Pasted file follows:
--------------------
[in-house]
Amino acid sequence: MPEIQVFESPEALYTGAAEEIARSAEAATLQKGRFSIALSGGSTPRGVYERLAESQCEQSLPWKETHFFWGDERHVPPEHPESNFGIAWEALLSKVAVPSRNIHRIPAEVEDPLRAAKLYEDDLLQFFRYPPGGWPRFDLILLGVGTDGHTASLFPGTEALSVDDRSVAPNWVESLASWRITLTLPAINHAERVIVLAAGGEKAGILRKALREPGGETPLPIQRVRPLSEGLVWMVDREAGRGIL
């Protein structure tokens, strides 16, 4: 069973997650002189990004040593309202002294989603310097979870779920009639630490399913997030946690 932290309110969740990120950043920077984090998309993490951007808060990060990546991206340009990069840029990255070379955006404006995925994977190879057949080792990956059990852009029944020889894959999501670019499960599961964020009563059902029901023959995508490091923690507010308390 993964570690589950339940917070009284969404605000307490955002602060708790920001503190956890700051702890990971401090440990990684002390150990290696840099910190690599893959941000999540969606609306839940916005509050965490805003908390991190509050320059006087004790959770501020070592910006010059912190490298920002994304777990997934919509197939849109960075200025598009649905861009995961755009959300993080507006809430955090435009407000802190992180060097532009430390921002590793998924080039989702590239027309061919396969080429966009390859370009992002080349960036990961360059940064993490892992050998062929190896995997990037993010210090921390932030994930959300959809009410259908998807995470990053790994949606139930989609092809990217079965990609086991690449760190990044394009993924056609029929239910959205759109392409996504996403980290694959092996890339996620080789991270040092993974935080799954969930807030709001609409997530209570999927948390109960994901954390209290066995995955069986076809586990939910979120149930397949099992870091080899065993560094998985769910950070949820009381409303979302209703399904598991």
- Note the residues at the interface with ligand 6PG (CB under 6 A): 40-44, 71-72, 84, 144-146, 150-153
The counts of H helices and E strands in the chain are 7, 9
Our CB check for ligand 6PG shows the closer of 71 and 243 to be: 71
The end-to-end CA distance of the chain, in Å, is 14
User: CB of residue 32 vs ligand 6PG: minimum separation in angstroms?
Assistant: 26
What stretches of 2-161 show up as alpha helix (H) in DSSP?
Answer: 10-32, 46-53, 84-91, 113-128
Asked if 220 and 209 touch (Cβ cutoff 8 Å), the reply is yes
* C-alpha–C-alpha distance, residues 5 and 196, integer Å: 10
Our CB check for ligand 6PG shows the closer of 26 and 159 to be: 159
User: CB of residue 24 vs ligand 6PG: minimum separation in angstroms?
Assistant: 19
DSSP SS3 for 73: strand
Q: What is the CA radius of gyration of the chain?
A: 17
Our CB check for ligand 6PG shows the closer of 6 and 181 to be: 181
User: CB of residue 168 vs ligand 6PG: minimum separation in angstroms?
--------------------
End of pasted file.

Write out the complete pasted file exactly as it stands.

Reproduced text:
[in-house]
Amino acid sequence: MPEIQVFESPEALYTGAAEEIARSAEAATLQKGRFSIALSGGSTPRGVYERLAESQCEQSLPWKETHFFWGDERHVPPEHPESNFGIAWEALLSKVAVPSRNIHRIPAEVEDPLRAAKLYEDDLLQFFRYPPGGWPRFDLILLGVGTDGHTASLFPGTEALSVDDRSVAPNWVESLASWRITLTLPAINHAERVIVLAAGGEKAGILRKALREPGGETPLPIQRVRPLSEGLVWMVDREAGRGIL
């Protein structure tokens, strides 16, 4: 069973997650002189990004040593309202002294989603310097979870779920009639630490399913997030946690 932290309110969740990120950043920077984090998309993490951007808060990060990546991206340009990069840029990255070379955006404006995925994977190879057949080792990956059990852009029944020889894959999501670019499960599961964020009563059902029901023959995508490091923690507010308390 993964570690589950339940917070009284969404605000307490955002602060708790920001503190956890700051702890990971401090440990990684002390150990290696840099910190690599893959941000999540969606609306839940916005509050965490805003908390991190509050320059006087004790959770501020070592910006010059912190490298920002994304777990997934919509197939849109960075200025598009649905861009995961755009959300993080507006809430955090435009407000802190992180060097532009430390921002590793998924080039989702590239027309061919396969080429966009390859370009992002080349960036990961360059940064993490892992050998062929190896995997990037993010210090921390932030994930959300959809009410259908998807995470990053790994949606139930989609092809990217079965990609086991690449760190990044394009993924056609029929239910959205759109392409996504996403980290694959092996890339996620080789991270040092993974935080799954969930807030709001609409997530209570999927948390109960994901954390209290066995995955069986076809586990939910979120149930397949099992870091080899065993560094998985769910950070949820009381409303979302209703399904598991």
- Note the residues at the interface with ligand 6PG (CB under 6 A): 40-44, 71-72, 84, 144-146, 150-153
The counts of H helices and E strands in the chain are 7, 9
Our CB check for ligand 6PG shows the closer of 71 and 243 to be: 71
The end-to-end CA distance of the chain, in Å, is 14
User: CB of residue 32 vs ligand 6PG: minimum separation in angstroms?
Assistant: 26
What stretches of 2-161 show up as alpha helix (H) in DSSP?
Answer: 10-32, 46-53, 84-91, 113-128
Asked if 220 and 209 touch (Cβ cutoff 8 Å), the reply is yes
* C-alpha–C-alpha distance, residues 5 and 196, integer Å: 10
Our CB check for ligand 6PG shows the closer of 26 and 159 to be: 159
User: CB of residue 24 vs ligand 6PG: minimum separation in angstroms?
Assistant: 19
DSSP SS3 for 73: strand
Q: What is the CA radius of gyration of the chain?
A: 17
Our CB check for ligand 6PG shows the closer of 6 and 181 to be: 181
User: CB of residue 168 vs ligand 6PG: minimum separation in angstroms?